This is a great time for wildlife photography.
Our migrant visitors have arrived en-masse. Thousands of puffin join the multitudes of guillemot and razorbill that swarm to our islands, cliffs and crags, along with kittiwake, shag and tern.
Bird photography is a challenge. Even the relatively accessible black headed gull can move quickly. Oystercatcher and curlew are timid and difficult to get close to.
Like most photography, the secret is to get close to the subject. Besides having a long lens and achieving a fast shutter, learning the birds’ behaviour and discovering how to get near them is a big part of getting a successful photograph.
It amazes me how many people living in Northumberland have never ventured out to see the seabirds at close quarters. A day trip to the Farne Islands will put you close to protected nesting sites. It’s perfect for both birding enthusiasts and wildlife photographers.
A visit arranged with Billy Shiel (farne-islands.com) or Serenity (farneislandstours.co.uk) from Seahouses will cost you close to £70 for a day on both Staple Island and Inner Farne, although National Trust membership will save you £27.30 in landing fees.
You do get really close to the birds and it is relatively easy to come away with shots of puffin with beaks stuffed full of sand-eels. Wear a hat because during nesting season the Arctic tern on Inner Farne are aggressively territorial and will peck you on the head.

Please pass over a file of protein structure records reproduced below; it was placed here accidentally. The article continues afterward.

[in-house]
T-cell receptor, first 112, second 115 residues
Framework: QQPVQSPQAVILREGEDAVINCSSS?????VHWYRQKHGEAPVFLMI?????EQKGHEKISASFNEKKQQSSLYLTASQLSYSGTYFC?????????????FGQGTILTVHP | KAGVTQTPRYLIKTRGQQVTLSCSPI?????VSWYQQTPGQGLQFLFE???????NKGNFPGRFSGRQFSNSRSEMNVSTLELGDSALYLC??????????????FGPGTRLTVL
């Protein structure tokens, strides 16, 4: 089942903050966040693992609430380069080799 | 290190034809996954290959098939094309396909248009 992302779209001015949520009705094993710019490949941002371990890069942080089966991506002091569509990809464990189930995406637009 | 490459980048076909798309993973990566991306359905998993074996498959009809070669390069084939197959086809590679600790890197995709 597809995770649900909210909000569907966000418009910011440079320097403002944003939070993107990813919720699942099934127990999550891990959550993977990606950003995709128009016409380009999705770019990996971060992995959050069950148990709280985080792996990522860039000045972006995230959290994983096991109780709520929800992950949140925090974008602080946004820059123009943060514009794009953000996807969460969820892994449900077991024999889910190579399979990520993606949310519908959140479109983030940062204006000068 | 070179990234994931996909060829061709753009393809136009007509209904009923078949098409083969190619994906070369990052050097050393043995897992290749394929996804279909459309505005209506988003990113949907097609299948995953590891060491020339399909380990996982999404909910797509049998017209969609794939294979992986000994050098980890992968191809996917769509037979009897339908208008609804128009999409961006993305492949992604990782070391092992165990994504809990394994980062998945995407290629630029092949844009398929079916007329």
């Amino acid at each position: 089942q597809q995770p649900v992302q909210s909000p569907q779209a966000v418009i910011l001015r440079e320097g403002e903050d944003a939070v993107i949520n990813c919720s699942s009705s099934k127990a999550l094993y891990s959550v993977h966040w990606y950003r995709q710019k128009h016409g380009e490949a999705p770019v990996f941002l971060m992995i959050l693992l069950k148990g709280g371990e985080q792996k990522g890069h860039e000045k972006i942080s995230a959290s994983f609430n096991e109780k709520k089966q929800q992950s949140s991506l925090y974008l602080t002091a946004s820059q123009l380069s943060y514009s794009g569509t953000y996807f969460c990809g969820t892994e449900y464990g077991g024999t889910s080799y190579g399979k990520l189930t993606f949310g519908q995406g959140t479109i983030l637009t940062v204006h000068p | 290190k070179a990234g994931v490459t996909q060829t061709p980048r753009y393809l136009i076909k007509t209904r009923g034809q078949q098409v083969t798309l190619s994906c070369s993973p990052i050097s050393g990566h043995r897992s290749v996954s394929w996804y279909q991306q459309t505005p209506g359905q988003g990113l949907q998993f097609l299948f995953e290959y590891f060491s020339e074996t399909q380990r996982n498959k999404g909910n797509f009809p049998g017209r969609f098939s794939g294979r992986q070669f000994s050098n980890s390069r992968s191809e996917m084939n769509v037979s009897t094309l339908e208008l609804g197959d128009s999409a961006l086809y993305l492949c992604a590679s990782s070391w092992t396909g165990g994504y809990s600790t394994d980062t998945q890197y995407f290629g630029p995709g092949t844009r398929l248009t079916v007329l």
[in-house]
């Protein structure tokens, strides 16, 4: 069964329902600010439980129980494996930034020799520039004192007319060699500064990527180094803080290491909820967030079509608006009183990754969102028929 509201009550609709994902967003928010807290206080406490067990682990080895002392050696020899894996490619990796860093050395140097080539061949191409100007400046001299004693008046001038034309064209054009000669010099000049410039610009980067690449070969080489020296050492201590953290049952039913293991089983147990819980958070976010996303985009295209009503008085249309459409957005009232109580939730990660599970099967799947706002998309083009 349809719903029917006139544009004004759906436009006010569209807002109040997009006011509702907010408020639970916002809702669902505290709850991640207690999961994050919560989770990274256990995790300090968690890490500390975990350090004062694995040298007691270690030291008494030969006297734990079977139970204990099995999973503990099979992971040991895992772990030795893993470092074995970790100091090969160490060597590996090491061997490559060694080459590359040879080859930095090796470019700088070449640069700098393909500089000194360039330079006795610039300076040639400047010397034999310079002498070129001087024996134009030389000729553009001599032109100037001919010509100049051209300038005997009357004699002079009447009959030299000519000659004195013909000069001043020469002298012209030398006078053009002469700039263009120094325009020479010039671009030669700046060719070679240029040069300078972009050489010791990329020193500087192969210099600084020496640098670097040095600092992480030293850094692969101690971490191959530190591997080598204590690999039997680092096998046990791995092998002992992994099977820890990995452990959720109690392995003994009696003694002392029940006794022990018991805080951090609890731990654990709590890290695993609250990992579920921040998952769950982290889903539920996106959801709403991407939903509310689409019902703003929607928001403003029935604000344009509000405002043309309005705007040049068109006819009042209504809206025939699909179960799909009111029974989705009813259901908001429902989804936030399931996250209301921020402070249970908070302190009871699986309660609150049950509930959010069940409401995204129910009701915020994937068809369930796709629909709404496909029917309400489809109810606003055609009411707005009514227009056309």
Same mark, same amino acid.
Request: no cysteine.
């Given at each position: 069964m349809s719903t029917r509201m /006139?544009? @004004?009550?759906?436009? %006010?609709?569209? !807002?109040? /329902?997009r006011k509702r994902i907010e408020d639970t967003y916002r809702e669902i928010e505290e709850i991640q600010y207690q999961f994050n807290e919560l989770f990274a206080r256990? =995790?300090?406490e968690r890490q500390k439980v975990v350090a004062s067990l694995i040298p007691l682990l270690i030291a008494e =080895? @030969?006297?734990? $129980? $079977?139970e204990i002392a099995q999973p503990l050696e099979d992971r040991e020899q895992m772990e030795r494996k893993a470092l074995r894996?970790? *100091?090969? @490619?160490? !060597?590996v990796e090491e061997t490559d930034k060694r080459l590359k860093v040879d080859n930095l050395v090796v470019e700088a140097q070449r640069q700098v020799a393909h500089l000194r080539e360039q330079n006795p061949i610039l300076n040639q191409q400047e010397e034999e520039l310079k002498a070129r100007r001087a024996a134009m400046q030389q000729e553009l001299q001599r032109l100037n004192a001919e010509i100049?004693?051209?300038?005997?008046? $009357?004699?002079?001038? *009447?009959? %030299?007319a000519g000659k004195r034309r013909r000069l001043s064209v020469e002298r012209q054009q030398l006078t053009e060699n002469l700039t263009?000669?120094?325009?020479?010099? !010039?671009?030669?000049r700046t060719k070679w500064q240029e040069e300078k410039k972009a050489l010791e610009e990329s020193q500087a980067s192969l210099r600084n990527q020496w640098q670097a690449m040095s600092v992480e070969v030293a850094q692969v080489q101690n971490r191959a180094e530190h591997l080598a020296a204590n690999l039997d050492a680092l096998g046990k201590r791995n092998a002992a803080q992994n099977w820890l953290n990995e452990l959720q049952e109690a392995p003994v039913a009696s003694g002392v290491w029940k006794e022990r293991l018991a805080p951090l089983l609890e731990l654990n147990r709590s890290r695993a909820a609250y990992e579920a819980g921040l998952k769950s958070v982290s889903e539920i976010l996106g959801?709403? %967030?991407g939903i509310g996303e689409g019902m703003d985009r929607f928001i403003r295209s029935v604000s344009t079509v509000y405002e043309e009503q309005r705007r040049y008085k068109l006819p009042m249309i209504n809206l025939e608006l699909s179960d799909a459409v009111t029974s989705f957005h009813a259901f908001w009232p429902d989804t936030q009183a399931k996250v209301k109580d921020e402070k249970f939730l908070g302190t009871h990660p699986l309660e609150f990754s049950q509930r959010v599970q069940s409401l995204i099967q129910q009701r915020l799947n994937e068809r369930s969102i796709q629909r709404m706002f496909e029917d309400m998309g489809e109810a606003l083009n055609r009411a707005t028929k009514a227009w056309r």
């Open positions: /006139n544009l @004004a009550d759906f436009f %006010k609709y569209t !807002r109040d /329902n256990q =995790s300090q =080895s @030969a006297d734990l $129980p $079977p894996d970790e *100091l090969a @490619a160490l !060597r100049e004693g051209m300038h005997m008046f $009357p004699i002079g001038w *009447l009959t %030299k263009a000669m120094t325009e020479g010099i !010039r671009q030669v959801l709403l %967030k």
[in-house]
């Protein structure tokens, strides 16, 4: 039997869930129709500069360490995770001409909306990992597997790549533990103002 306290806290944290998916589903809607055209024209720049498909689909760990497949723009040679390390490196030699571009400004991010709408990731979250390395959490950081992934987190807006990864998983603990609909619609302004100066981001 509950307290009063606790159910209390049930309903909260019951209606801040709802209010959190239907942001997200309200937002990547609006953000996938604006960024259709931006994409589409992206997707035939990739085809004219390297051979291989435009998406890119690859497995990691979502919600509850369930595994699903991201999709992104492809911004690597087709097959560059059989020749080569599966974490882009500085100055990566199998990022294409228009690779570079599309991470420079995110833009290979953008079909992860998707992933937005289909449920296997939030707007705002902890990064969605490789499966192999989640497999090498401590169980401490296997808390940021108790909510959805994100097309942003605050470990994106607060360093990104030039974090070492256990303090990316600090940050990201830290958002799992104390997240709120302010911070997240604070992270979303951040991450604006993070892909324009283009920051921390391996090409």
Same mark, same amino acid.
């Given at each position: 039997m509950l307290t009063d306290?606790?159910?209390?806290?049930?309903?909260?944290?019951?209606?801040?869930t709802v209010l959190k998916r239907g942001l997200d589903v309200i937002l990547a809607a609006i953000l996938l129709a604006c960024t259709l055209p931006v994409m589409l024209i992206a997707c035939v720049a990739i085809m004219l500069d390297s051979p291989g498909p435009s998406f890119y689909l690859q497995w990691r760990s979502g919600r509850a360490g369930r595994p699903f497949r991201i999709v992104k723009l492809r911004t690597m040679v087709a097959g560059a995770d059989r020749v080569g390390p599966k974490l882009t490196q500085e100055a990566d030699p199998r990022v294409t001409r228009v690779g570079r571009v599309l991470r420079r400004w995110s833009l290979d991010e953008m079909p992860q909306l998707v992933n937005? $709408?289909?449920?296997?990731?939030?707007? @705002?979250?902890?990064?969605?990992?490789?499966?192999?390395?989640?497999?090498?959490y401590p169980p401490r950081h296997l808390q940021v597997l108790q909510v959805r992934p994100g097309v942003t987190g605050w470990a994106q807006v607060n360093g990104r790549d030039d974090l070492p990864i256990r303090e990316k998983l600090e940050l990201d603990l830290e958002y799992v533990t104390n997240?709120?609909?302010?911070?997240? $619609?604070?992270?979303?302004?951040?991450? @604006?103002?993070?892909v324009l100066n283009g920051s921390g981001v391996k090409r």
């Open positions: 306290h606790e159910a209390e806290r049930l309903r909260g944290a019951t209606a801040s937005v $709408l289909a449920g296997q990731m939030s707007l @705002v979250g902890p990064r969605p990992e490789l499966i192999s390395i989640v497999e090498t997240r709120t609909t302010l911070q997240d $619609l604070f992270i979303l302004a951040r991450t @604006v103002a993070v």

Visiting the Farne Islands is noisy, smelly and intensive, and not suited to everyone. There are no toilets on Staple Island so make use of the public conveniences in Seahouses before you set sail. If you are eating a packed lunch, take some means of cleaning your hands as there is guano everywhere.
You cannot land on Coquet Island, but a trip around it is a wonderful experience. Dave Gray’s Puffin Cruises (puffincruises.co.uk) set sail from Amble at high tide and last for around an hour. They only cost £10 per person so great value, especially for small groups.
You’ll get close to fast-moving puffin on the wing, as well as huge rafts of them on the water. There is a large grey seal colony on the seaward side of the island, and they will often swim up to the boats out of curiosity. It’s not that unusual to see a pod of dolphin on these trips too.
Coquet Island is also the nesting ground to Britain’s largest colony of rare roseate tern, and that attracts birdwatchers on these trips. There’s plenty of room to move around in their boats.
Think about taking pictures that put the birds into context, using the island or other boats as a backdrop.
If going out to sea isn’t for you, then Dunstanburgh Castle is worth visiting for the kittiwake nesting on the cliffs. A little farther up the coast is Long Nanny, between Low Newton and Beadnall. The National Trust and RSPB protect the little tern and Arctic tern nests there.
Alternatively, just sitting still by the rocks at Druridge Bay can result in waders like redshank and turnstone coming very close to you.
This week’s challenge words are Drink and Dreamy, with the theme of experimenting with shutter times.